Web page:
Richard married Anne and was crowned king, but does not yet feel his power secured. Buckingham, who is therefore supposed to kill Edward's underage sons, shows scruples. So Richard hires a murderer to kill the two princes in the Tower. In order to maintain his rule, it would be better for Richard to marry the young Elizabeth , daughter of Edward IV. So he puts his wife Anne under house arrest, where she soon dies; at the same time he woos Elisabeth. But Richard's position has become uncertain because of his bloodshed. In France, under the leadership of Count Heinrich von Richmond from the House of Tudor, an opposing party has formed; numerous nobles take his side. Richmond goes to Wales , and Richard and his army meet him.

First of all, Buckingham, who fled and raised an army against Richard, but was caught by Richard's men, has to go under the ax. Meanwhile, Richmond is making headway : Thus far into the bowels of the land / Have we marched on without impediment (V.2, 3 f.). On the eve of the decisive battle at Bosworth , Richard meets in a dream the ghosts of Edward, King Henry and all others who have been murdered by him and prophesies his doom; But they encourage Richmond. The next morning the king's troops are put to flight, Richard's horse is killed: A Horse! A horse! My kingdom for a horse! (V.7, 7), he shouts desperately across the battlefield; he claims to have killed five people disguised as Richmond. Finally, Richmond and Richard meet in direct combat, Richard is killed. This ended the war between the Houses of Lancaster and York. Duke Henry will marry Elizabeth of York as King Henry VII and bring peace to England.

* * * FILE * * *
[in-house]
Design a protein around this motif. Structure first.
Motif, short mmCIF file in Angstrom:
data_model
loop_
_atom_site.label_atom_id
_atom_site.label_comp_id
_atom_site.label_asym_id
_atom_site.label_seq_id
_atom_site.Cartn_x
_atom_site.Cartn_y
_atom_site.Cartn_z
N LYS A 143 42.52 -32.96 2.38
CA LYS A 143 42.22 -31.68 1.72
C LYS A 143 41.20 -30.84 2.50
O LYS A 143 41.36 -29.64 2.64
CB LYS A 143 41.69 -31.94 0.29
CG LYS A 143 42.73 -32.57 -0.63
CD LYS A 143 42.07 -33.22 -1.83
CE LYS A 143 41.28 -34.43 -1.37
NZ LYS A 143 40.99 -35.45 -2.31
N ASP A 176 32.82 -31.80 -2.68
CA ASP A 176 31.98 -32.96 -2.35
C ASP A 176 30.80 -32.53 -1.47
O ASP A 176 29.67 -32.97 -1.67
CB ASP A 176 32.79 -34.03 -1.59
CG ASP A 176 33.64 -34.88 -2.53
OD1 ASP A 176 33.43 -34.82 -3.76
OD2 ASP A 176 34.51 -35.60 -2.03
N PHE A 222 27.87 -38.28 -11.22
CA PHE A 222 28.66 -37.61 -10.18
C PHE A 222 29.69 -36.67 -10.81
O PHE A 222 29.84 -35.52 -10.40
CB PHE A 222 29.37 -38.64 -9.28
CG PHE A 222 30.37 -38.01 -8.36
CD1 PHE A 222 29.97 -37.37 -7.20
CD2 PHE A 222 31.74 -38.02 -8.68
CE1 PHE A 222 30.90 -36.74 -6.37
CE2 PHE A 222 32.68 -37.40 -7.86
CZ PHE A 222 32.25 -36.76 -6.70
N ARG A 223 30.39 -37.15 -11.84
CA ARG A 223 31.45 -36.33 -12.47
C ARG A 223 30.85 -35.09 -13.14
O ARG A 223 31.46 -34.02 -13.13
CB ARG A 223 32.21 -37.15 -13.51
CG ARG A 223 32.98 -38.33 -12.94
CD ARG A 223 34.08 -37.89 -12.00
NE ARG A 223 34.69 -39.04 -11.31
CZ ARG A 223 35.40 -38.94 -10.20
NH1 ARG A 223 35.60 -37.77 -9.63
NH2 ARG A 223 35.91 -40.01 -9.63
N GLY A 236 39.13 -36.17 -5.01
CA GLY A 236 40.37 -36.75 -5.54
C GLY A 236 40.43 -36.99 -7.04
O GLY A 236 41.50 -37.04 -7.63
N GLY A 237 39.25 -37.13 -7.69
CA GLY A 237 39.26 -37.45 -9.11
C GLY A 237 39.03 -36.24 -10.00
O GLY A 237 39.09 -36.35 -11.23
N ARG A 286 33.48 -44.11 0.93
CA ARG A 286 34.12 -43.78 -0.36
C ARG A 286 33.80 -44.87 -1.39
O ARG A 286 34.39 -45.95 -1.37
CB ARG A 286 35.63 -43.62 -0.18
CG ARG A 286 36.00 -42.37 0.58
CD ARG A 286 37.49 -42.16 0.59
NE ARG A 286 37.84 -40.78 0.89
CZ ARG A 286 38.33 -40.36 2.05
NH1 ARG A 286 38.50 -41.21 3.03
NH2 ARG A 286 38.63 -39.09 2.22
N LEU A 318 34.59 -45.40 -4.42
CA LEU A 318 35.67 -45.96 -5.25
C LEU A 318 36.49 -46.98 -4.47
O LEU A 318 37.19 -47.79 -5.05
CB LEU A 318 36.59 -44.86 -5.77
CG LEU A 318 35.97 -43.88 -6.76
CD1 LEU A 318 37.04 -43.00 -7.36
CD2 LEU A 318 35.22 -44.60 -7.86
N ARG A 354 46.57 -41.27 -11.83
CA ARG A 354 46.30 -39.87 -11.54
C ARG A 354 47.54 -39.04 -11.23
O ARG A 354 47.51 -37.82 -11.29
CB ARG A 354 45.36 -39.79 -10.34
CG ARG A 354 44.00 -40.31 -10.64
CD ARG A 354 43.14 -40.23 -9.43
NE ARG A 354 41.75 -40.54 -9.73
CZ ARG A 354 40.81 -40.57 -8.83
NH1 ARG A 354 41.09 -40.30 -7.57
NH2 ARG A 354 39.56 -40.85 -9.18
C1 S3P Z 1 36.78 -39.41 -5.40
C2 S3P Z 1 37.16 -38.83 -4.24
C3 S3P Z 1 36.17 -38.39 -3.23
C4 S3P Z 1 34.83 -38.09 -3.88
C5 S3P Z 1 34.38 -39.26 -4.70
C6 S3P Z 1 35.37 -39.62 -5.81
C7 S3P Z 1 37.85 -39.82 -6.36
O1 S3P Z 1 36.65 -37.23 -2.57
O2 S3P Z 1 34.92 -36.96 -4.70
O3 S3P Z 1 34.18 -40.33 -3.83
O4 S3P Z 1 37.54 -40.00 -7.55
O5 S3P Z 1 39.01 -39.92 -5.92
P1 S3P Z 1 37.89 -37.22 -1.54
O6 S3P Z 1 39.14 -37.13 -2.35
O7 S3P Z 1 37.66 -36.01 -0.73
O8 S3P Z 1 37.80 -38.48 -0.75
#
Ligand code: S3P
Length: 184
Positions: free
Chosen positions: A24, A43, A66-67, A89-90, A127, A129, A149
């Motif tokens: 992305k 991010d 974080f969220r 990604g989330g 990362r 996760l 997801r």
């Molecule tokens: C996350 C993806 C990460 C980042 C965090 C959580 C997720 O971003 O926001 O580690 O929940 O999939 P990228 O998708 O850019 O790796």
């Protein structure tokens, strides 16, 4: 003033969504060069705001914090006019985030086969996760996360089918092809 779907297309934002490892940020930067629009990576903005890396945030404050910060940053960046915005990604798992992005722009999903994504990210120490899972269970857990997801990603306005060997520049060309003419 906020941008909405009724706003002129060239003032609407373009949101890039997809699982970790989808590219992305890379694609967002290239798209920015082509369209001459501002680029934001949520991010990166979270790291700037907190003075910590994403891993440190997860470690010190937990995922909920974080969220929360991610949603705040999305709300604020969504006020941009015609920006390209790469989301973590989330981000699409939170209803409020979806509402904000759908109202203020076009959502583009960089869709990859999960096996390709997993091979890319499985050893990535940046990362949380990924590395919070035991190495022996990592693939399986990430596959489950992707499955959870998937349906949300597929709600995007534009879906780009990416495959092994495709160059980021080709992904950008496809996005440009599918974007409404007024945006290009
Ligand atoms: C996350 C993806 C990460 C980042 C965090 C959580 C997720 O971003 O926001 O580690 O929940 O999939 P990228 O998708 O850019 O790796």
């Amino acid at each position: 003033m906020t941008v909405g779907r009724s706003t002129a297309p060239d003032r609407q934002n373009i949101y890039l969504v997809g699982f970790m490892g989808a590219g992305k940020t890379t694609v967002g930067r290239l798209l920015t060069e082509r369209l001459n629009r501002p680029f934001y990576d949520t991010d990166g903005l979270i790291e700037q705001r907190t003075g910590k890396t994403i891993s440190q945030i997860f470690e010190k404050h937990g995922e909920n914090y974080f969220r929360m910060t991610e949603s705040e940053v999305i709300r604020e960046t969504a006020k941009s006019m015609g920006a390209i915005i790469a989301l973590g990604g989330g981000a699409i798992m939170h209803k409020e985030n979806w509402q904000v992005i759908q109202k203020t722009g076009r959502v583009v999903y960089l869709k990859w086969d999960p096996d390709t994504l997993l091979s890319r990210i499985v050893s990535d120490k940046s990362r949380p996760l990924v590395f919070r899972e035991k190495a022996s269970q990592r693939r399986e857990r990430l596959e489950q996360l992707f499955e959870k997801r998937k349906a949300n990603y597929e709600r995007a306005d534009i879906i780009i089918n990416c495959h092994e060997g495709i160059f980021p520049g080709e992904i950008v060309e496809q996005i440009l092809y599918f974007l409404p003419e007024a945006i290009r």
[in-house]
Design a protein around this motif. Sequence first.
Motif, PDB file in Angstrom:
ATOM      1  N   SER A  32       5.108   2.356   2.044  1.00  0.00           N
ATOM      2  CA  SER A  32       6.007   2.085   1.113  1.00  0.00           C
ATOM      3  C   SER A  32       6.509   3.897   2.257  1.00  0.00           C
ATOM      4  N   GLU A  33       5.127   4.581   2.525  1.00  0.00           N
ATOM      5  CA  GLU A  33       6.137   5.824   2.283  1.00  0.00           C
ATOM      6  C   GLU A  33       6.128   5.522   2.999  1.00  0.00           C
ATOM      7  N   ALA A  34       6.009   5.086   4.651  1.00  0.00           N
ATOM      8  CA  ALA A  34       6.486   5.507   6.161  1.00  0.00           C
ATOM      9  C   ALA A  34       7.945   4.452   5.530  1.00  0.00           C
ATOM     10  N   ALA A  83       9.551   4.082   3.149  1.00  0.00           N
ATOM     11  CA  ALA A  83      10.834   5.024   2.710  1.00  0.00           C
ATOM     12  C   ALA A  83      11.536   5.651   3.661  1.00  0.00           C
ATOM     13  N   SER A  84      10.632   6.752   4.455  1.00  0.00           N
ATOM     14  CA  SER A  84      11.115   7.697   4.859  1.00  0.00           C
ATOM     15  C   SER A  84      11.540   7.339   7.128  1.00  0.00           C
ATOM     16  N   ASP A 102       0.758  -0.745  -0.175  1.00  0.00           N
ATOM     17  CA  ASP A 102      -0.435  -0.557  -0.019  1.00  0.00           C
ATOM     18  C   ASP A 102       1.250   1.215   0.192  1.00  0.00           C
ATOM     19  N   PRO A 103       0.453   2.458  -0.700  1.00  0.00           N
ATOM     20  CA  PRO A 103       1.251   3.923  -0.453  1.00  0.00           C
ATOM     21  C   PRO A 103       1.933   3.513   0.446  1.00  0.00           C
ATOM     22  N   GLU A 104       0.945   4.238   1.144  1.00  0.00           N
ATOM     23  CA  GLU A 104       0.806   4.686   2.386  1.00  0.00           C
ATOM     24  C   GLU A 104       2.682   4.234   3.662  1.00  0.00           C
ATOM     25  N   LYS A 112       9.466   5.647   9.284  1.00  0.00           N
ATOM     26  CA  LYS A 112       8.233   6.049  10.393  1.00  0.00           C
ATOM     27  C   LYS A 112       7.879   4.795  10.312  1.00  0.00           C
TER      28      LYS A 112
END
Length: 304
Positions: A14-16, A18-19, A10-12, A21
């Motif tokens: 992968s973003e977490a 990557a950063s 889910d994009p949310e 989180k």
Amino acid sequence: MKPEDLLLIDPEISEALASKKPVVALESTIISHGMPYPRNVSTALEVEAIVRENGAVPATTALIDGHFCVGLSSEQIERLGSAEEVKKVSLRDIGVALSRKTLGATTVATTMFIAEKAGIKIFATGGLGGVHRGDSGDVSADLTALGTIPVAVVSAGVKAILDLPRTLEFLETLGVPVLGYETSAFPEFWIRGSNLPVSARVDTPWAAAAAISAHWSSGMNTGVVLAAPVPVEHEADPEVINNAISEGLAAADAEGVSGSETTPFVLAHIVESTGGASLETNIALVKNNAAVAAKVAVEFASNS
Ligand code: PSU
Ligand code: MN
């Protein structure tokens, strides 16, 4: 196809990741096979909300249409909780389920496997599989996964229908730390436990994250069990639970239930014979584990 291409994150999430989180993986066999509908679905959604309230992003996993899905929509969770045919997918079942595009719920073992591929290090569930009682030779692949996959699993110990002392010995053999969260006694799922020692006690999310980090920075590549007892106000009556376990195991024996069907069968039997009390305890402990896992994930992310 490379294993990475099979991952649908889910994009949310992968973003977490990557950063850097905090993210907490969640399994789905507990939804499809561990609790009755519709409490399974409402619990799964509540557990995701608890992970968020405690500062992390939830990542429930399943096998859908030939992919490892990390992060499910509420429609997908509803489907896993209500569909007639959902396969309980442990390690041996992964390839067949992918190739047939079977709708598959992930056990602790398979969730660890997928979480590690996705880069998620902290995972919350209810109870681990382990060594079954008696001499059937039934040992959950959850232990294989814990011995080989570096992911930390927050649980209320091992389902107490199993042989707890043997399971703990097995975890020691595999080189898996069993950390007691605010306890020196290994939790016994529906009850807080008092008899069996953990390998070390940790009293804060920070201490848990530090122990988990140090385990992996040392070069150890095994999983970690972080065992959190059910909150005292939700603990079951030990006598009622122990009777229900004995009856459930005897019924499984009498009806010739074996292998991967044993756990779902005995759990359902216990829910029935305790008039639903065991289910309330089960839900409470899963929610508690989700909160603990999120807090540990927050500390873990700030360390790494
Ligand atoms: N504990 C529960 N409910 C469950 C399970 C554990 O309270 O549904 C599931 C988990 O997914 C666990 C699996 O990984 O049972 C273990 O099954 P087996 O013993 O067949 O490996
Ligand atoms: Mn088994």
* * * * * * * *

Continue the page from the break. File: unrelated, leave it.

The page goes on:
Film adaptations

Text output

  • William Shakespeare: King Richard III . The Arden Shakespeare. Third Series. Edited by James R. Siemon. 2009. ISBN 978-1-903436-89-9
  • William Shakespeare: The Tragedy of King Richard III . The Oxford Shakespeare. Edited by John Jowett. Oxford University Press 2000 (new edition 2008).
  • William Shakespeare: King Richard III . English-German study edition. German prose version, remarks, introduction and commentary by Ute Schläfer. Stauffenburg, Tübingen 2004, ISBN 978-3-86057-563-5 .
  • William Shakespeare: Richard III . Bilingual edition. German by Frank Günther . (Arden 1981) German paperback publisher. 2nd edition 2009. Munich. ISBN 978-3-423-12753-0



Overview representations

  • Wolfgang Clemen : Commentary on Shakespeare's Richard III: Interpretation of a drama. Vandenhoeck & Ruprecht, Göttingen 1957; 2. through u. supplemented edition 1969; English: A Commentary on Shakespeare's Richard III. Methuen, London 1968.
  • Hans-Dieter Gelfert : William Shakespeare in his time. CH Beck Verlag, Munich 2014, ISBN 978-3-406-65919-5 , pp. 238–241.
  • Elfi Bettinger: King Richard III. In: interpretations. Shakespeare's Dramas. Philipp Reclam jun., Stuttgart 2000, ISBN 3-15-017513-5 , pp. 38-69.
  • Ina Habermann: King Richard the Third. In: Ina Schabert (Ed.): Shakespeare-Handbuch. Time, man, work, posterity. Kröner, 5th, revised and supplemented edition, Stuttgart 2009, ISBN 978-3-520-38605-2 , pp. 339-344.
  • Harold Bloom : Shakespeare. The Invention of the Human. Riverhead Books, New York 1998, ISBN 1-57322-120-1 , pp. 64-76 (German edition: Shakespeare. The invention of the human. Berlin Verlag, Berlin 2000, ISBN 3-8270-0325-3 ).
  • Ulrich Suerbaum : The Shakespeare Guide. Reclam, Stuttgart 2006, 3rd rev. Edition 2015, ISBN 978-3-15-020395-8 , pp. 245-256.

Web links